SMMT Reports

Connected and automated mobility


For more than a century, the UK has been at the forefront of technological innovation that shaped the movement of people and goods. Today, the UK automotive sector is investing in connected and automated mobility (CAM) technology that will shape mobility for the next century and improve the way we travel and goods are delivered.

Thanks to government-industry partnership that stretches back to early 2015 when the first CAM collaborative R&D and demonstration projects began, the UK has come a long way and is today one of the leading locations in the world for testing and trialling CAM technology. However, to unlock the full economic and social benefits of CAM it is essential that we now expend every effort to take the next step and ensure the UK also becomes a leading location for the commercial rollout of CAM.

The arrival of CAM will enable the British public to experience increased safety benefits, potentially lower insurance premiums in the future and more comfortable and less stressful journeys, while businesses and sectors such as logistics, agriculture, mining, construction, public administration and defence could benefit from more efficient movement of goods and industrial processes. CAM could also offer people with restricted mobility, or who are unable to drive, the freedom to travel and has the potential to improve traffic efficiency when deployed in substantial numbers, leading to better air quality and lower emissions. But perhaps the most significant benefits of CAM are those that could accrue to the UK economy, creating jobs, spawning new business models and driving growth across automotive and other related sectors.

To better understand and quantify the potential economic opportunity of CAM to the UK, SMMT, working with and funded by Innovate UK, along with partners the Automotive Council and Zenzic, commissioned consultants KPMG to conduct a study. The study sought to answer the following questions:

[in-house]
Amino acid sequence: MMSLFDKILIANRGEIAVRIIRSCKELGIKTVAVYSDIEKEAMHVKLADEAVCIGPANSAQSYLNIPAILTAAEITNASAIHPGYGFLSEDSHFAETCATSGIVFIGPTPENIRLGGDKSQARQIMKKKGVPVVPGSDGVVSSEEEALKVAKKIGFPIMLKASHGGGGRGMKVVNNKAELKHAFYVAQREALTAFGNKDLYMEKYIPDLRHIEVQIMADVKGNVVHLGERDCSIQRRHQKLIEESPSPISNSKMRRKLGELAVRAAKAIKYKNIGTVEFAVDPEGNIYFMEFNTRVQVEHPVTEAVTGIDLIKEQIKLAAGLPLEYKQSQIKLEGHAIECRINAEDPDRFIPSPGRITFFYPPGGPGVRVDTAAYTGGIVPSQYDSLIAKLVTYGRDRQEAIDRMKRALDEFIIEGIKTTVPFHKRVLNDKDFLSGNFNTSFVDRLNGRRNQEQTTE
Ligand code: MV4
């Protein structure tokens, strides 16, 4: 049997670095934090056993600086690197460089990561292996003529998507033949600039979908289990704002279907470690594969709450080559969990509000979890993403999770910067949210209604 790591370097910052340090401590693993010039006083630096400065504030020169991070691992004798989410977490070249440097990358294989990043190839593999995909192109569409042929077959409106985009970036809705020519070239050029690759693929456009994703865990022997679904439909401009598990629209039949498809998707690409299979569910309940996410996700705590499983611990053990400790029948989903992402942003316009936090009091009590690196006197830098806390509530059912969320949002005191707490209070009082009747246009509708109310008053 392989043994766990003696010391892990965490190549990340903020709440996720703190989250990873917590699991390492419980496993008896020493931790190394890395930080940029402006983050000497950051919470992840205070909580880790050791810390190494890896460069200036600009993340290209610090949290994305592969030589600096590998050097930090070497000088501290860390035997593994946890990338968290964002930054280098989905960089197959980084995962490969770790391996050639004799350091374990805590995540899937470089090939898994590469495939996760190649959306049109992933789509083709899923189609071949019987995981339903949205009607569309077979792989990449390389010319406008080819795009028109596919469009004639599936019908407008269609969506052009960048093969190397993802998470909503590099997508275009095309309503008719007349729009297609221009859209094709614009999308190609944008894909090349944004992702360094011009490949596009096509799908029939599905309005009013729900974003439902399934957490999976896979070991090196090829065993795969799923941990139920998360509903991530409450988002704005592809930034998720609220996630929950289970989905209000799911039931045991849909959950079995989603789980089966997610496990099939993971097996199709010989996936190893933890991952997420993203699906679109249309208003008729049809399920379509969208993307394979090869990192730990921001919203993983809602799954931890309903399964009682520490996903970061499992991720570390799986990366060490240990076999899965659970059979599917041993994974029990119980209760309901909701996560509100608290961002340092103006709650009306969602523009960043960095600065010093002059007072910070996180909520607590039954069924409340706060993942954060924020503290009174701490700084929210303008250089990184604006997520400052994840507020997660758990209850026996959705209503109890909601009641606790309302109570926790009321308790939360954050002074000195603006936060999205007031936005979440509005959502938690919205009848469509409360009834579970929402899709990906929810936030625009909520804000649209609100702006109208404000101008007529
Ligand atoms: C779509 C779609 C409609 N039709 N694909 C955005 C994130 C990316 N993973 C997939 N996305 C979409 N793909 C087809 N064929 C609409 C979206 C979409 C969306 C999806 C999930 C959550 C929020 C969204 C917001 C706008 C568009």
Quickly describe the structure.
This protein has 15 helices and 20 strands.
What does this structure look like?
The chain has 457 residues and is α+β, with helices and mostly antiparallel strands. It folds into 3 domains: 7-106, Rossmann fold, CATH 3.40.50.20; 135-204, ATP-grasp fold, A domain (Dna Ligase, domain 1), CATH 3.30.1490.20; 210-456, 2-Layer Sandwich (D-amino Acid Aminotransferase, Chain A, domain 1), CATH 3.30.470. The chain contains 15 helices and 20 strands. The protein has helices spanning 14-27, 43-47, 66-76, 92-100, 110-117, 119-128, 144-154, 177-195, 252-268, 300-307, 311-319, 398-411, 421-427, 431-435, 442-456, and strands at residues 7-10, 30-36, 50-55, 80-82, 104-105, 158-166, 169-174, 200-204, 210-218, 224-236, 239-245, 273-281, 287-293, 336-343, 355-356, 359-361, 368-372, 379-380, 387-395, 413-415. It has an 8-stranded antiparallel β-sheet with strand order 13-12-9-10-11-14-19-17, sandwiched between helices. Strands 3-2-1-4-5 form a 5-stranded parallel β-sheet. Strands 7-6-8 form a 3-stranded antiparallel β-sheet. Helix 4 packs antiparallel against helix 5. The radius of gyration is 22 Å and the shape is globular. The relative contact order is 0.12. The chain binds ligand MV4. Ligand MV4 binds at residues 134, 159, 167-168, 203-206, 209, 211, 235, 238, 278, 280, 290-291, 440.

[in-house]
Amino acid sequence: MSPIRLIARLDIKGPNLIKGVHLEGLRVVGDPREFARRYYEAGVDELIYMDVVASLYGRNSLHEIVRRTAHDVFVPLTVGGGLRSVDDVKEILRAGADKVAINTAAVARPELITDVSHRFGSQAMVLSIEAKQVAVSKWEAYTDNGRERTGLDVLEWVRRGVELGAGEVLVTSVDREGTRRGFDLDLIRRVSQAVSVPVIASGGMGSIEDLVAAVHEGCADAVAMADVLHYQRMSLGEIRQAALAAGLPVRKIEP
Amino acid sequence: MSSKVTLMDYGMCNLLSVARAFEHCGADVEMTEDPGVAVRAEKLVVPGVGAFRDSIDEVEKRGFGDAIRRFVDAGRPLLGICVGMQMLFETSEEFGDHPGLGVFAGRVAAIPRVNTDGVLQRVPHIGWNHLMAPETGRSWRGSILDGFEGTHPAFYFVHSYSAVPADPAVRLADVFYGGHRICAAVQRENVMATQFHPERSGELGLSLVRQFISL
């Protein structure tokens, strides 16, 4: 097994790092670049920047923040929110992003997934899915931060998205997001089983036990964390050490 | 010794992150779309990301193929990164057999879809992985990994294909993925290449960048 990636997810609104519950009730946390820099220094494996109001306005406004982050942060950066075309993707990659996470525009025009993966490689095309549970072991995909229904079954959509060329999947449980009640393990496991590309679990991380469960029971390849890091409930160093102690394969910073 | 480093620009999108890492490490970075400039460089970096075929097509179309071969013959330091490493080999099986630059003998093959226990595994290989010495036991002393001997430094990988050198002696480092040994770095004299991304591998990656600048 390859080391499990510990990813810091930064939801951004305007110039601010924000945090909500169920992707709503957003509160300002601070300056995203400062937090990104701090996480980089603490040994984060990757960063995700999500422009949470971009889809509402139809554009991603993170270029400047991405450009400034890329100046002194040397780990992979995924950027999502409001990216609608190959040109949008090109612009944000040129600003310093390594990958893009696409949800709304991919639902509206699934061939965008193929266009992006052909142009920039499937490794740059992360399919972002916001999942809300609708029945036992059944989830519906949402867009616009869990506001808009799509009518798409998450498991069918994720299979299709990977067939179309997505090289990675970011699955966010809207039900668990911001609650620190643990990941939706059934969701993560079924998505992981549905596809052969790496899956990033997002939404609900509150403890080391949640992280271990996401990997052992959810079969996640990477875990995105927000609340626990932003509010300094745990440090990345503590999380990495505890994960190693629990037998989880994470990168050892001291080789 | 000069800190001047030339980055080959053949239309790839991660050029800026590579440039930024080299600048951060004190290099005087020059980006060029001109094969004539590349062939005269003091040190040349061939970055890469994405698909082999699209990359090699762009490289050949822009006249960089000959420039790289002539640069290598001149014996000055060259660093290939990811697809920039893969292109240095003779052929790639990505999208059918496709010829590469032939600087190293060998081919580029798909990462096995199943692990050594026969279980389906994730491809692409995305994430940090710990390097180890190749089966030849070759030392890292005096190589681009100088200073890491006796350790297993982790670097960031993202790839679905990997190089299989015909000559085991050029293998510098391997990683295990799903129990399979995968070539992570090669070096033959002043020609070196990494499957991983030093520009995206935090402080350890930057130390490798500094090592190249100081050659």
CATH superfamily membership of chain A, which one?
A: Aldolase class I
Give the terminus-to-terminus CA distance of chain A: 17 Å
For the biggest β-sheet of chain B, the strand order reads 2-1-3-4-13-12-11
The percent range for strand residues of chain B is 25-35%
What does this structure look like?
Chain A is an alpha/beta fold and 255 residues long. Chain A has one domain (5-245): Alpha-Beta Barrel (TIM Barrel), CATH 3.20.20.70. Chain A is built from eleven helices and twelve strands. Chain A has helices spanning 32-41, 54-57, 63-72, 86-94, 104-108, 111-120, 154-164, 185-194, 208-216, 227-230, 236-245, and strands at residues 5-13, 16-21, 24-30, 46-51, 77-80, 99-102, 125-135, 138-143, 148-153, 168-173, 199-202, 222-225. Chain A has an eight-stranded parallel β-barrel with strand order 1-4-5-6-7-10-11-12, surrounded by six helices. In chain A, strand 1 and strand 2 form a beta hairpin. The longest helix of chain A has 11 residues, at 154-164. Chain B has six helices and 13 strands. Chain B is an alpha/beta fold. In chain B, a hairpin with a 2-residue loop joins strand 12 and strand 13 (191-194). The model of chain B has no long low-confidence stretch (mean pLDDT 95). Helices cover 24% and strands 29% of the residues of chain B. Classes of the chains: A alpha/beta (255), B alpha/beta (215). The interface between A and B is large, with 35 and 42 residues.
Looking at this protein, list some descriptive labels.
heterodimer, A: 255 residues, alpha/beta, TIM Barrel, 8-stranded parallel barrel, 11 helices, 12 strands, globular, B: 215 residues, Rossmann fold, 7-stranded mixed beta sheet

• What are the potential socio-economic benefits of CAM to the UK?
  • In which sectors are the highest growth opportunities for CAM technology likely to be found?
  • What are the key enablers towards realising the socio-economic opportunities?

The study’s key findings show that CAM could deliver annual economic benefits as high as £66 billion by 2040 and an estimated additional 342,000 additional jobs overall in the economy, of which 12,250 are in automotive manufacturing. The technology is also expected to save 3,900 lives and prevent 60,000 serious accidents between now and 2040.

However, realising the significant socio-economic benefits that CAM has the potential to offer is highly dependent on several key government interventions that will pave the way for a safe and well-planned commercial rollout of CAM. These range from bringing forward regulatory reforms and committing to an ambitious package of funding support to widening skills development and implementing a proactive public communications programme jointly with industry


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